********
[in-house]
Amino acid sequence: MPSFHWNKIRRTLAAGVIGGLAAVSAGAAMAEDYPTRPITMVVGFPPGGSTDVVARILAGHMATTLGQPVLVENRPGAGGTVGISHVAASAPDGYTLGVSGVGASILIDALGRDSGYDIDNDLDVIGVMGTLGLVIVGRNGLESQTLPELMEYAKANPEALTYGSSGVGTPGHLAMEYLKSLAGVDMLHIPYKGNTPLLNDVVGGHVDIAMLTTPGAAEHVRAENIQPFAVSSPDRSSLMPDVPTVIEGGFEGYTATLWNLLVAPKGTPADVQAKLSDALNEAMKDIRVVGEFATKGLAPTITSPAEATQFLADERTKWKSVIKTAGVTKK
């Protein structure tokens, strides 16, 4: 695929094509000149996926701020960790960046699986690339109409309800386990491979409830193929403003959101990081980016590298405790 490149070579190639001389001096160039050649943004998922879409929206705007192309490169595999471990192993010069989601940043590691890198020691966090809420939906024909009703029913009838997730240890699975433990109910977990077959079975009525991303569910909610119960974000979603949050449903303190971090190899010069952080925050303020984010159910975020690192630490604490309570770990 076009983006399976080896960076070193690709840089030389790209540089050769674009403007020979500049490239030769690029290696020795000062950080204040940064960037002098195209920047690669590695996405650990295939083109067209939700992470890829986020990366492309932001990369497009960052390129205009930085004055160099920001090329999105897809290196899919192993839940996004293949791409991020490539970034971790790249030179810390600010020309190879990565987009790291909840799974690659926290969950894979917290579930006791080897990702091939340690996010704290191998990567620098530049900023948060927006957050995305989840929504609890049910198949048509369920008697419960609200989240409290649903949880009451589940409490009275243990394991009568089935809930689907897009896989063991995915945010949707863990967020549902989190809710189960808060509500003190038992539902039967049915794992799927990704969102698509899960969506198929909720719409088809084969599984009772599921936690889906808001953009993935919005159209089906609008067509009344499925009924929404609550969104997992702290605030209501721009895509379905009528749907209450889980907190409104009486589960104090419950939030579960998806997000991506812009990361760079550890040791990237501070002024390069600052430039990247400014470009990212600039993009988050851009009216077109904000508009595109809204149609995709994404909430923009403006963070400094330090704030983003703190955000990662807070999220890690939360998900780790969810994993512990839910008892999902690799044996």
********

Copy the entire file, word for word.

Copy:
[in-house]
Amino acid sequence: MPSFHWNKIRRTLAAGVIGGLAAVSAGAAMAEDYPTRPITMVVGFPPGGSTDVVARILAGHMATTLGQPVLVENRPGAGGTVGISHVAASAPDGYTLGVSGVGASILIDALGRDSGYDIDNDLDVIGVMGTLGLVIVGRNGLESQTLPELMEYAKANPEALTYGSSGVGTPGHLAMEYLKSLAGVDMLHIPYKGNTPLLNDVVGGHVDIAMLTTPGAAEHVRAENIQPFAVSSPDRSSLMPDVPTVIEGGFEGYTATLWNLLVAPKGTPADVQAKLSDALNEAMKDIRVVGEFATKGLAPTITSPAEATQFLADERTKWKSVIKTAGVTKK
């Protein structure tokens, strides 16, 4: 695929094509000149996926701020960790960046699986690339109409309800386990491979409830193929403003959101990081980016590298405790 490149070579190639001389001096160039050649943004998922879409929206705007192309490169595999471990192993010069989601940043590691890198020691966090809420939906024909009703029913009838997730240890699975433990109910977990077959079975009525991303569910909610119960974000979603949050449903303190971090190899010069952080925050303020984010159910975020690192630490604490309570770990 076009983006399976080896960076070193690709840089030389790209540089050769674009403007020979500049490239030769690029290696020795000062950080204040940064960037002098195209920047690669590695996405650990295939083109067209939700992470890829986020990366492309932001990369497009960052390129205009930085004055160099920001090329999105897809290196899919192993839940996004293949791409991020490539970034971790790249030179810390600010020309190879990565987009790291909840799974690659926290969950894979917290579930006791080897990702091939340690996010704290191998990567620098530049900023948060927006957050995305989840929504609890049910198949048509369920008697419960609200989240409290649903949880009451589940409490009275243990394991009568089935809930689907897009896989063991995915945010949707863990967020549902989190809710189960808060509500003190038992539902039967049915794992799927990704969102698509899960969506198929909720719409088809084969599984009772599921936690889906808001953009993935919005159209089906609008067509009344499925009924929404609550969104997992702290605030209501721009895509379905009528749907209450889980907190409104009486589960104090419950939030579960998806997000991506812009990361760079550890040791990237501070002024390069600052430039990247400014470009990212600039993009988050851009009216077109904000508009595109809204149609995709994404909430923009403006963070400094330090704030983003703190955000990662807070999220890690939360998900780790969810994993512990839910008892999902690799044996």